Once neck and neck with Valneva to get the first chikungunya vaccine to market, it now looks like Merck & Co. has admitted defeat as its French rival reaches the finish line.
Merck’s contender was V184, a vaccine acquired through the Big Pharma’s $366 million takeover of Themis in 2020. While the candidate completed a phase 2 trial, the study was suspended “due to a clinical stock recovery action” from December 2020 to the completion date in June 2021— meaning it never hit its original enrollment goal.
Merck confirmed to Fierce Biotech this morning that it has now discontinued the chikungunya program as part of a “routine pipeline prioritization.”
Perhaps the company had decided that second place wasn’t worth it. After all, while Merck’s vaccine ran into difficulties, Valneva’s raced through the clinic. Last December, the French company completed a rolling submission to the FDA for its single-shot candidate, dubbed VLA1553.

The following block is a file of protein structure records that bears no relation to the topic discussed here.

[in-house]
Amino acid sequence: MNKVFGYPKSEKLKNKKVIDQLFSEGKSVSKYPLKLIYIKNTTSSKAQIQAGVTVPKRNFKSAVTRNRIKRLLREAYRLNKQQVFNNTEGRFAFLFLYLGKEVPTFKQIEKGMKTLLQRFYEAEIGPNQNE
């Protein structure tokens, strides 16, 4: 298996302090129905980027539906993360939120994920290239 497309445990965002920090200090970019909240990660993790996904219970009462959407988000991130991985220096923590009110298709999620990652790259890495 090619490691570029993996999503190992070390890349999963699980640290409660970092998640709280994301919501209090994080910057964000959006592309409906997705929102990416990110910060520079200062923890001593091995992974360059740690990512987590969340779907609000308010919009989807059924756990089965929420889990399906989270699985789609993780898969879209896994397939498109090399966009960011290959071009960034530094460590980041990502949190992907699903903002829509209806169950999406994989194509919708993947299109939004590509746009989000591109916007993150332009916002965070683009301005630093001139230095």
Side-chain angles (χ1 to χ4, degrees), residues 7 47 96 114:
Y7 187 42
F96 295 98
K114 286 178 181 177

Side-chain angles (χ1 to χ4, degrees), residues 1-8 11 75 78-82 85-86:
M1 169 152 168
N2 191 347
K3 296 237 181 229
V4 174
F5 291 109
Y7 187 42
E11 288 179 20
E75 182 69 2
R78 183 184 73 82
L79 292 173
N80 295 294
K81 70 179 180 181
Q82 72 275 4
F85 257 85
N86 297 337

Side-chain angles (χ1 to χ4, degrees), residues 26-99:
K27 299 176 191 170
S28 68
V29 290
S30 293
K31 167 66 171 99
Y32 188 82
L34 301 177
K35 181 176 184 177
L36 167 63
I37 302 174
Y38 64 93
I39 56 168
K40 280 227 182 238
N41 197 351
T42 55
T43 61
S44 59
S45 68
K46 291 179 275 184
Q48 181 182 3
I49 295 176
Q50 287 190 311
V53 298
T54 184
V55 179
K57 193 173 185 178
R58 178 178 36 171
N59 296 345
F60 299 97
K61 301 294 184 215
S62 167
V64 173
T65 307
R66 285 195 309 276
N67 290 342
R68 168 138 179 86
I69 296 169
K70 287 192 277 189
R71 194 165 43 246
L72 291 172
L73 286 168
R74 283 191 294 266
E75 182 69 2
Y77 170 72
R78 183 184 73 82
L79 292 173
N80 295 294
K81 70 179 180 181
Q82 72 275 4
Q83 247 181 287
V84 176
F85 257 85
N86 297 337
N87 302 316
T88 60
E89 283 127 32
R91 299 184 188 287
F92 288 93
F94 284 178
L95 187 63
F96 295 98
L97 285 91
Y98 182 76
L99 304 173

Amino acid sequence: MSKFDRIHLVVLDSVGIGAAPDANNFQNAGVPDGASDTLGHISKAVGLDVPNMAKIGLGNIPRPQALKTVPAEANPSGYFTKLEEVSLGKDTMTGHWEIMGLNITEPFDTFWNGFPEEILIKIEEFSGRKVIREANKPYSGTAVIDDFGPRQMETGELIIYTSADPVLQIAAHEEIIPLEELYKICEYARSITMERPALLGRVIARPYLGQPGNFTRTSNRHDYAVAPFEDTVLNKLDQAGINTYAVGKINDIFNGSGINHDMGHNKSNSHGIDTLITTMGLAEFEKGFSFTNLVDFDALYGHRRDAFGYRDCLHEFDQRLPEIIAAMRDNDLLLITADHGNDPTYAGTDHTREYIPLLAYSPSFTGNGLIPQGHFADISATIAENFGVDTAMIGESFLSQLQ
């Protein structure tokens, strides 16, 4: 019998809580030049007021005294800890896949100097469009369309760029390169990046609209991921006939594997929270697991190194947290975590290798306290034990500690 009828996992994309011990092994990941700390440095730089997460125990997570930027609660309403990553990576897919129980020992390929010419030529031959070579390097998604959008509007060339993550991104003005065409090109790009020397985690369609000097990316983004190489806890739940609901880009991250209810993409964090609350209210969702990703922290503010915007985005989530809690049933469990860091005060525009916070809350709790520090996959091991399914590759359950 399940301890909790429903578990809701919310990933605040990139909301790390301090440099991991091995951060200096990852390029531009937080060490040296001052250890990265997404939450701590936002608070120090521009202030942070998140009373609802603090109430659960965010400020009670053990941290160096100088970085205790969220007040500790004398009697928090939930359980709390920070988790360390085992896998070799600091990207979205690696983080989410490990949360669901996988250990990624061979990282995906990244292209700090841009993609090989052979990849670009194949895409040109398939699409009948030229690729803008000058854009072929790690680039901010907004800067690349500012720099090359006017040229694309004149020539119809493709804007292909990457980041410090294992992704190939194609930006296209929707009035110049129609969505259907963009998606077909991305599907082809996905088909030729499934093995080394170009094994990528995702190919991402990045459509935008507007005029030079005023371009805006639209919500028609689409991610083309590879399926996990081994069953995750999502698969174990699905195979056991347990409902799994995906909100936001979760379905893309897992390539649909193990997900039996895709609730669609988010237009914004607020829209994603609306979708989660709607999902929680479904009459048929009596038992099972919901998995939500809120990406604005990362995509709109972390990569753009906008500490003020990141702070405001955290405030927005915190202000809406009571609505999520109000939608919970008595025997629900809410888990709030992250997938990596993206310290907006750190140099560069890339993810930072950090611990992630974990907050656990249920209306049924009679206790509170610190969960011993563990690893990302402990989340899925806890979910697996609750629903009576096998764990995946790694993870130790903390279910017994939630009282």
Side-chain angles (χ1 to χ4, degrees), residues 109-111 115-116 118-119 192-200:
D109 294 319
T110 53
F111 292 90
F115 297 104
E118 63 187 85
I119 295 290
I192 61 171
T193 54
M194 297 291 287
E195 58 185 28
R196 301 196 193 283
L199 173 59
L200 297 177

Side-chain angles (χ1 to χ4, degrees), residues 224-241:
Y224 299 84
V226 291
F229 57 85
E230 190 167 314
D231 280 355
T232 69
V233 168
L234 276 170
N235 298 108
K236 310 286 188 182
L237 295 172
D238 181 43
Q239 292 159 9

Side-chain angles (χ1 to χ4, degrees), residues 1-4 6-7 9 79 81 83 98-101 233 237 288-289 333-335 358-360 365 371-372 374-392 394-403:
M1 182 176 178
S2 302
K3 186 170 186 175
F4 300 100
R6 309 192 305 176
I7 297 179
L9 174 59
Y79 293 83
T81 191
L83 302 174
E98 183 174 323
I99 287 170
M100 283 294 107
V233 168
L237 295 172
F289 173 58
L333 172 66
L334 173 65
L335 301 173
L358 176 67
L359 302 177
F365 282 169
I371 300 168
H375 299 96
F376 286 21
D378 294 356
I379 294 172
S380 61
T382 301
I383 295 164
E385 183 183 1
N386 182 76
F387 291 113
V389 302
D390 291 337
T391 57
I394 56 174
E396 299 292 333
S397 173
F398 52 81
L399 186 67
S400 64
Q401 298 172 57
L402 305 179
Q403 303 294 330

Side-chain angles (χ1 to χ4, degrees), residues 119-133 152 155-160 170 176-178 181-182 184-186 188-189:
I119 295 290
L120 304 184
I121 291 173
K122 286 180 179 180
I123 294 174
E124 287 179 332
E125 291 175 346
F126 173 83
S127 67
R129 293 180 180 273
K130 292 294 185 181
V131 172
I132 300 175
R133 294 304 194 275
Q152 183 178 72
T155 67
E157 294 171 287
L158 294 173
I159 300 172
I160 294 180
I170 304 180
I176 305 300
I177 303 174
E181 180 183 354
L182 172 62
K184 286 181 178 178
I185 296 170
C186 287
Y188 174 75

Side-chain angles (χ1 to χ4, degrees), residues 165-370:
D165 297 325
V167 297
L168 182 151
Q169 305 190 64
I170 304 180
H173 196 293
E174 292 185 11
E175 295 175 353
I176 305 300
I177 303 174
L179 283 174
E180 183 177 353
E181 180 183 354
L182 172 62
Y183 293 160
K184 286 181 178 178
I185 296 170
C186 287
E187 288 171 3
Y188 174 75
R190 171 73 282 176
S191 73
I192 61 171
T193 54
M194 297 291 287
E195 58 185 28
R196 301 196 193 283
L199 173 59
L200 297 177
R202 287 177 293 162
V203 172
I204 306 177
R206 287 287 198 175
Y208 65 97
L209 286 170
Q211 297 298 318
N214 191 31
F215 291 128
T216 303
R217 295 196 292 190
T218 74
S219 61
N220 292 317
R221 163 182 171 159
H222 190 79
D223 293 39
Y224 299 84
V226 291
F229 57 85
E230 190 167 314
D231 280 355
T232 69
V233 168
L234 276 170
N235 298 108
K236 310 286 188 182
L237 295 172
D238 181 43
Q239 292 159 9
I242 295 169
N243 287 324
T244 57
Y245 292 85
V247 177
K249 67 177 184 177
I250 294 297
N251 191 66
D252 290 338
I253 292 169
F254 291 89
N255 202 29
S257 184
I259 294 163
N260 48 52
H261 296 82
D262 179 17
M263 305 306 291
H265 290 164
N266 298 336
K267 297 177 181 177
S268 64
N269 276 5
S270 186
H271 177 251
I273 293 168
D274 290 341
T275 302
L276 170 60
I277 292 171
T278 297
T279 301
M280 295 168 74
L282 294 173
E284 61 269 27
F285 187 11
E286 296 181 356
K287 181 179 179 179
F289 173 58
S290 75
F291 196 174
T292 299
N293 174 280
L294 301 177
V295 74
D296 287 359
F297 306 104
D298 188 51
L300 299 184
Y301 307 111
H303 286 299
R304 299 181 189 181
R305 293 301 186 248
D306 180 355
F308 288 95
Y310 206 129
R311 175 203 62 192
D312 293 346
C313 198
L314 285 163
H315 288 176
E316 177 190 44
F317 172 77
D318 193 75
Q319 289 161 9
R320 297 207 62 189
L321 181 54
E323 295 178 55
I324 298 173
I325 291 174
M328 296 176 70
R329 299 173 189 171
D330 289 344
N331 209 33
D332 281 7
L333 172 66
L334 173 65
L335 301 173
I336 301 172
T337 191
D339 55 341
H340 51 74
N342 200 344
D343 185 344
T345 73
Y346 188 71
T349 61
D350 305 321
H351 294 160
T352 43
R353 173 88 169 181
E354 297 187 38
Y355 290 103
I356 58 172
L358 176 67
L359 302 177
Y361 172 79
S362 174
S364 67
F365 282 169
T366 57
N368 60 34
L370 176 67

Valneva’s application for approval in adults draws on phase 3 data demonstrating that VLA1553 induced a 96% protection rate after six months. The company also has an ongoing study in adolescents in Brazil, which Valneva said could support a future regulatory submission in this group.
The sprint to approval was never just a two-horse race, however. Emergent BioSolutions is also fielding its own candidate, which is in two phase 3 trials. The biotech received an award from the U.S. Department of Defense last November to conduct further evaluations of the shot should it get approved.
Chikungunya virus is spread to people by infected mosquitoes. Symptoms include fever, incapacitating joint pain, headache, muscle pain, joint swelling or rash. Like many tropical diseases, the reach of the virus is spreading into a wider range of countries.